As digital communications become more commonplace worldwide, we set out to create video content for kids about topics like safe water, hygiene, menstrual health, and advocacy. The ultimate goal of these videos is to foster good hygiene practices among kids in schools, making this content available to children both inside and out of a school setting.
Employing a human-centered design approach to this process resulted in creating appropriate story lines, character traits, knowledge motivators, and understanding which triggers resonate with viewers.
Let’s talk about how we got here.
What is Human-Centered Design?
Human-centered design (HCD) is an approach to problem-solving and innovation that puts people’s needs, preferences, and experiences at the forefront of the design process. It focuses on creating products, services, systems, or experiences that are intuitive, functional, and meaningful to the people who will use them. The end goal is to enhance satisfaction, usability, and overall experience.
Key principles include:
- Collaboration: Collaboration is essential. Design teams typically consist of individuals with diverse skills and expertise, including designers, researchers, engineers, and program participants themselves. Collaborative efforts ensure a holistic approach.
- Empathy: Designers actively seek to understand the perspectives, emotions, and behaviors of the people they are designing for. In this case, we held focus groups to gain insights into teachers and students’ perspectives.
- Prototyping and Testing: Testing helps identify issues, gather feedback, and make necessary adjustments before investing significant resources into full-scale implementation. This feedback is then used to make improvements and refine the design, leading to multiple iterations of the design until a satisfactory solution is achieved.
- Bias Toward Action: Instead of relying solely on speculation and theory, human-centered design encourages learning from real-world interactions. This approach helps to validate assumptions and reduce the risk of creating solutions that don’t resonate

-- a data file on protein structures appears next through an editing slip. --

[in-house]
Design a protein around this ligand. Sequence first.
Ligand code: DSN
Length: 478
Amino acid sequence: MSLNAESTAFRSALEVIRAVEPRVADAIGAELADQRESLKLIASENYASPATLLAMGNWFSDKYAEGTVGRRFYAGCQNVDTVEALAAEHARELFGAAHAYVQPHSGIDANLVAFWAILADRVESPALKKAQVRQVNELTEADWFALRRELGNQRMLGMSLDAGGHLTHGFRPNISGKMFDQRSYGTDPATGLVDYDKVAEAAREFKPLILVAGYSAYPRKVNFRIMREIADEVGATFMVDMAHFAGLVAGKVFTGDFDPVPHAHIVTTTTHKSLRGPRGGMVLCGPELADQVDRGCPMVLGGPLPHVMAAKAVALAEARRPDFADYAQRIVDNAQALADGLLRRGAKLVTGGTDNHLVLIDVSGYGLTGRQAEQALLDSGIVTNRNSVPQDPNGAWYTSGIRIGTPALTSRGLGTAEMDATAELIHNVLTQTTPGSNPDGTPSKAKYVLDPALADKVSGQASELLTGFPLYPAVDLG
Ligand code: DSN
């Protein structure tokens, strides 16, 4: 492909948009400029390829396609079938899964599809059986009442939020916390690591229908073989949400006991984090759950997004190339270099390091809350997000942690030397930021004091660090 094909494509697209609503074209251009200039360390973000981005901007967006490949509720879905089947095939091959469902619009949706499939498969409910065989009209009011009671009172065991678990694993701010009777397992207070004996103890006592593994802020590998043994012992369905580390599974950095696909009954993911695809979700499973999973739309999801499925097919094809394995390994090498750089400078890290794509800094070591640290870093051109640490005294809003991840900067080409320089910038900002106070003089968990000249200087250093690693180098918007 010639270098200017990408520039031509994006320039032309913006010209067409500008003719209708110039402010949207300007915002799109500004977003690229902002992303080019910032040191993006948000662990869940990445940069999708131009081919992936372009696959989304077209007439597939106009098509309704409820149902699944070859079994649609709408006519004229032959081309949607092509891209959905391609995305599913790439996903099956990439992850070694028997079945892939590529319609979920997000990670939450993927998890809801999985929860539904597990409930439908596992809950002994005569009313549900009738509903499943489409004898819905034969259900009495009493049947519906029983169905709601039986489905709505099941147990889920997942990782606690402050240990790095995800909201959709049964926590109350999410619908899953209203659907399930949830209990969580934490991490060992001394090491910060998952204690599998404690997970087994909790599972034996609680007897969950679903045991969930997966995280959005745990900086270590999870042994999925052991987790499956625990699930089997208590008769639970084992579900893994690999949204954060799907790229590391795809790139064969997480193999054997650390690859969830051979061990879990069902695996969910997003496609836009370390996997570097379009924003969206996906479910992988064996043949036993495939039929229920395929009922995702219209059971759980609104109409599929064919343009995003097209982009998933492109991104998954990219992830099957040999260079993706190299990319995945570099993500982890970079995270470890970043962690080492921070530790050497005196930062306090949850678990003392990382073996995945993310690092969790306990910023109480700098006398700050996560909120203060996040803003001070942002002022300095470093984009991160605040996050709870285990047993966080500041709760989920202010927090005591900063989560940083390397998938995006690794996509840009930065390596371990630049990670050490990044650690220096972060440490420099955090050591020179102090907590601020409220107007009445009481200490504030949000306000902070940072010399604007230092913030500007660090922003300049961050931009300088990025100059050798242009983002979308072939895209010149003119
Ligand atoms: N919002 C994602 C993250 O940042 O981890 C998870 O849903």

- Continuous Learning: Human-centered design is not a one-time process; it’s an ongoing commitment to learning and improving. We continuously gather feedback, monitor participant interactions, and refine based on new insights.
Before starting work on the videos, we held our first focus group session with students to get a deeper understanding of:
- A day in the life of a student
- Social circles
- Aspirations — wants, wishes, and dreams
- School life
- Entertainment — content consumption and hobbies
- WASH behavior — COVID-19 precautions and handwashing habits
- Video reactions and insights
These areas allowed us a better contextual understanding of the kind of lives students live and the types of video content they are exposed to and interested in. These insights helped form the concepts and narratives for the videos that accurately represented students and their experiences.
We asked questions like, “why do you carry out a certain WASH practice?”, “what prompts you to follow hygiene practices?”, “what prevents you from maintaining good WASH practices?”, “what are your favorite characteristics in a teacher?”, “what do you and your friends enjoy doing together?”, and “what do you want to be when you grow up?” Our goal was to understand motivators, aspirations that cause a behavior, and how to accurately represent students in our content.
Some of the highlights of what we learned from these focus groups are listed below.
- Students appreciate when teachers go beyond normal lectures to make content more clear, interactive, and fun. They like when teachers take time to explain concepts in depth and those who help them improve their lives outside of school as well.
- They value being heard and understood.
- Altruism is deeply ingrained in them and students admire people who exhibit kindness toward others.